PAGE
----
Stephen Grossberg

Stephen Grossberg is Wang Professor of Cognitive and Neural Systems; Professor of Mathematics & Statistics, Psychological & Brain Sciences, and Biomedical Engineering; and Director of the Center for Adaptive Systems at Boston University. He is a principal founder and current research leader in computational neuroscience, theoretical psychology and cognitive science, and neuromorphic technology and AI. In 1957-1958, he introduced the paradigm of using systems of nonlinear differential equations to develop models that link brain mechanisms to mental functions, including widely used equations for short-term memory (STM), or neuronal activation; medium-term memory (MTM), or activity-dependent habituation; and long-term memory (LTM), or neuronal learning. His work focuses upon how individuals, algorithms, or machines adapt autonomously in real-time to unexpected environmental challenges. These discoveries together provide a blueprint for designing autonomous adaptive intelligent agents. They includes models of vision and visual cognition; object, scene, and event learning and recognition; audition, speech, and language learning and recognition; development; cognitive information processing; reinforcement learning and cognitive-emotional interactions; consciousness; visual and path integration navigational learning and performance; social cognition and imitation learning; sensory-motor learning, control, and planning; mental disorders; mathematical analysis of neural networks; experimental design and collaborations; and applications to neuromorphic technology and AI. Grossberg founded key infrastructure of the field of neural networks, including the International Neural Network Society and the journal Neural Networks, and has served on the editorial boards of 30 journals. His lecture series at MIT Lincoln Lab led to the national DARPA Study of Neural Networks. He is a fellow of AERA, APA, APS, IEEE, INNS, MDRS, and SEP. He has published 17 books or journal special issues, over 550 research articles, and has 7 patents. He was most recently awarded the 2015 Norman Anderson Lifetime Achievement Award of the Society of Experimental Psychologists (SEP), and the 2017 Frank Rosenblatt computational neuroscience award of the Institute for Electrical and Electronics Engineers (IEEE). See the following web pages for further information:


Workshop: How the revolution in understanding brains can revolutionize AI: Designs for autonomous intelligence in a rapidly changing world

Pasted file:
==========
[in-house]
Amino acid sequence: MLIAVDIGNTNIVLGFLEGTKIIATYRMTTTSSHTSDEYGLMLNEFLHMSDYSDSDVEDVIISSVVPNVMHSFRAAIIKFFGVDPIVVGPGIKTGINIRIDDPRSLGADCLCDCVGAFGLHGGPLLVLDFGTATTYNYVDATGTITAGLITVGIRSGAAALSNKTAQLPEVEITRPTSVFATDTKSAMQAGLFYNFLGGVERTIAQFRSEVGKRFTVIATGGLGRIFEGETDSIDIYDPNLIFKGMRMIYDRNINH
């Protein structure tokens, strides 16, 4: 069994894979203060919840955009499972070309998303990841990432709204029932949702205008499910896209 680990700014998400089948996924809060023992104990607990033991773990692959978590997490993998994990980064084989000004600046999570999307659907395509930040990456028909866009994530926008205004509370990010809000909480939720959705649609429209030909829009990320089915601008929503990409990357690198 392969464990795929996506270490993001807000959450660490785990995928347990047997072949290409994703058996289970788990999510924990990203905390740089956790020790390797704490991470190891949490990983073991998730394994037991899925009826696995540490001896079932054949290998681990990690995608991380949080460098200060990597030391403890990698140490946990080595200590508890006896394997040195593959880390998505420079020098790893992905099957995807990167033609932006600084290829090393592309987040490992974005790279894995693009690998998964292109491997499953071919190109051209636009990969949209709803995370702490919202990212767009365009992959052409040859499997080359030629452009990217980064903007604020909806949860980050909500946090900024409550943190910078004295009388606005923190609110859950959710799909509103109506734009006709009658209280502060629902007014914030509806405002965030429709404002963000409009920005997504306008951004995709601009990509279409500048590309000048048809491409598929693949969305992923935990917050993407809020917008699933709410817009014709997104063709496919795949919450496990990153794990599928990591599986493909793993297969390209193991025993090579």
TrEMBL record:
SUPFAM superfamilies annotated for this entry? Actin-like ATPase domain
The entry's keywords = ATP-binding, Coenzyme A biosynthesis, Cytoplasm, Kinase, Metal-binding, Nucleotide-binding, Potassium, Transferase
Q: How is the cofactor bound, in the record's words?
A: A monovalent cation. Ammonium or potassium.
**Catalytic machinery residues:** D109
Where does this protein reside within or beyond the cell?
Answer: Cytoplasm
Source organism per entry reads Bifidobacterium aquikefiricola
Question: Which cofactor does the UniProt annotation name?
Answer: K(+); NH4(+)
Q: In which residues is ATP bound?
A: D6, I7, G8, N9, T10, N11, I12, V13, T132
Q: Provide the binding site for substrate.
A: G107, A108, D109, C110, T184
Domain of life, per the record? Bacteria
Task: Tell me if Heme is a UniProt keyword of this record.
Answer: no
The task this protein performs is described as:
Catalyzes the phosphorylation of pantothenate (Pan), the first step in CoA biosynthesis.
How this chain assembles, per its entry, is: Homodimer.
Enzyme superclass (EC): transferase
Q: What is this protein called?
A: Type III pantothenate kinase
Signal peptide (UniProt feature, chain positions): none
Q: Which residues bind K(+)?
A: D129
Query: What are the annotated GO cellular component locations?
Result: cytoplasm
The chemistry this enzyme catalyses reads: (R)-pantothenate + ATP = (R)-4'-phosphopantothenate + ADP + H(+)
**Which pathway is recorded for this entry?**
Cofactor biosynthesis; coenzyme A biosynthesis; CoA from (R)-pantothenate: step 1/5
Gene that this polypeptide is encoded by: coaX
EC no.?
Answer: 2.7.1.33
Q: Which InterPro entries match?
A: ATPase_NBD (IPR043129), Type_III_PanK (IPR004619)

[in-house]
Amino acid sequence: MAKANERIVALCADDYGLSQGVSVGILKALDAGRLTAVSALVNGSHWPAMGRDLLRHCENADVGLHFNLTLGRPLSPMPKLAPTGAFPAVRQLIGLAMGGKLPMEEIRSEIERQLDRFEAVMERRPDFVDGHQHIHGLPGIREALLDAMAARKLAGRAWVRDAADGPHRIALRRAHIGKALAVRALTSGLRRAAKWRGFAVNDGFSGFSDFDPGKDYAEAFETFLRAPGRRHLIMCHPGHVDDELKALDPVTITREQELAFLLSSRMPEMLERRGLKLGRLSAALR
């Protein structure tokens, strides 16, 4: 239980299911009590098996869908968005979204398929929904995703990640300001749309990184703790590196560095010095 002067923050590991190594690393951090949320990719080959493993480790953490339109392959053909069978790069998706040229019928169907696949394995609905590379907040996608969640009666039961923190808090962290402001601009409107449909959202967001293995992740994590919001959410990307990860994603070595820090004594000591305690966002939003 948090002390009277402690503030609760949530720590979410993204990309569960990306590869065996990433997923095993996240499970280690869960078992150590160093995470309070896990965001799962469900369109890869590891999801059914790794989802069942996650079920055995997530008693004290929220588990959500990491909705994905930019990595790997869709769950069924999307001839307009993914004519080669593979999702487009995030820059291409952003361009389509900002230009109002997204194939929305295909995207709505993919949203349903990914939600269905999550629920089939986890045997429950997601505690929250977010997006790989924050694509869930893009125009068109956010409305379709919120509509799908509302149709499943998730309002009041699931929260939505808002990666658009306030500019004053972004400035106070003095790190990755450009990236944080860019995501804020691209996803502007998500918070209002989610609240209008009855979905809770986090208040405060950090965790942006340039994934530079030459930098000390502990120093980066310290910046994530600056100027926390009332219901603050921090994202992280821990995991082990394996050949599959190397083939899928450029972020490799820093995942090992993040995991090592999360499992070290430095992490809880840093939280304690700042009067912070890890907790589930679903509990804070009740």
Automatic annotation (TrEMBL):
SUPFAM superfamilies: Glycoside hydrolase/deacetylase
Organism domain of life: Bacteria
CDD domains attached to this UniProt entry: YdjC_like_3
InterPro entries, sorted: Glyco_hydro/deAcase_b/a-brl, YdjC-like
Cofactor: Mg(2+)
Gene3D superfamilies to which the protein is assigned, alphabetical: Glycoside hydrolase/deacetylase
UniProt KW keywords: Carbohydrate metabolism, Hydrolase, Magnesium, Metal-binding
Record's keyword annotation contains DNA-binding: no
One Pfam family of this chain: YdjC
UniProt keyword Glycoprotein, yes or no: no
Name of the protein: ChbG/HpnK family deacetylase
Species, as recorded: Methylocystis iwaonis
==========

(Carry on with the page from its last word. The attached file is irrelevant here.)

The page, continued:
The brain has been an inspiration for AI since its inception. During the past 50 years, there has been enormous progress in theoretically and computationally understanding brain mechanisms and how they give rise to intelligent mental functions. However, current popular AI models, such as Deep Learning, do not include any of the major system designs that lead to human intelligence. Unlike Deep Learning, advanced brains are unexcelled in autonomously adapting in real time to changing environments that are filled with unexpected events. The computational principles that enable autonomy offer a major opportunity for designing more autonomous adaptive intelligent algorithms, machines, and robots in future AI applications. Autonomy is based on revolutionary computational paradigms, including complementary computing, which clarifies the global organization of brain architectures; hierarchical resolution of uncertainty, which clarifies why multiple processing stages are needed to overcome complementary computational deficiencies; and laminar computing, which clarifies why the cerebral cortex uses laminar circuits to support all higher biological intelligence. These paradigms have helped to explain how brains can rapidly and autonomously learn to recognize even rare events in real time; to selectively pay attention to valued objects and goals; to predict what to expect next; and to choose actions that maximize realization of valued goals. Current neural models also explain what happens in each of our brains when we consciously see, hear, feel, or know something; how all of these types of awareness are combined into coherent moments of conscious experience; and how unconscious events can influence our decisions and actions. These models also explain, from a deep computational perspective, why evolution was driven to discover conscious states, and how conscious awareness is linked to successful actions. Consciousness can hereby be understood as a natural outcome of the brain’s way of computing. The link between consciousness and action may have revolutionary implications for the design of future autonomous adaptive mobile robots. This talk will summarize some of these scientific developments, as well as neural algorithms that have been applied in large-scale engineering and technological applications.

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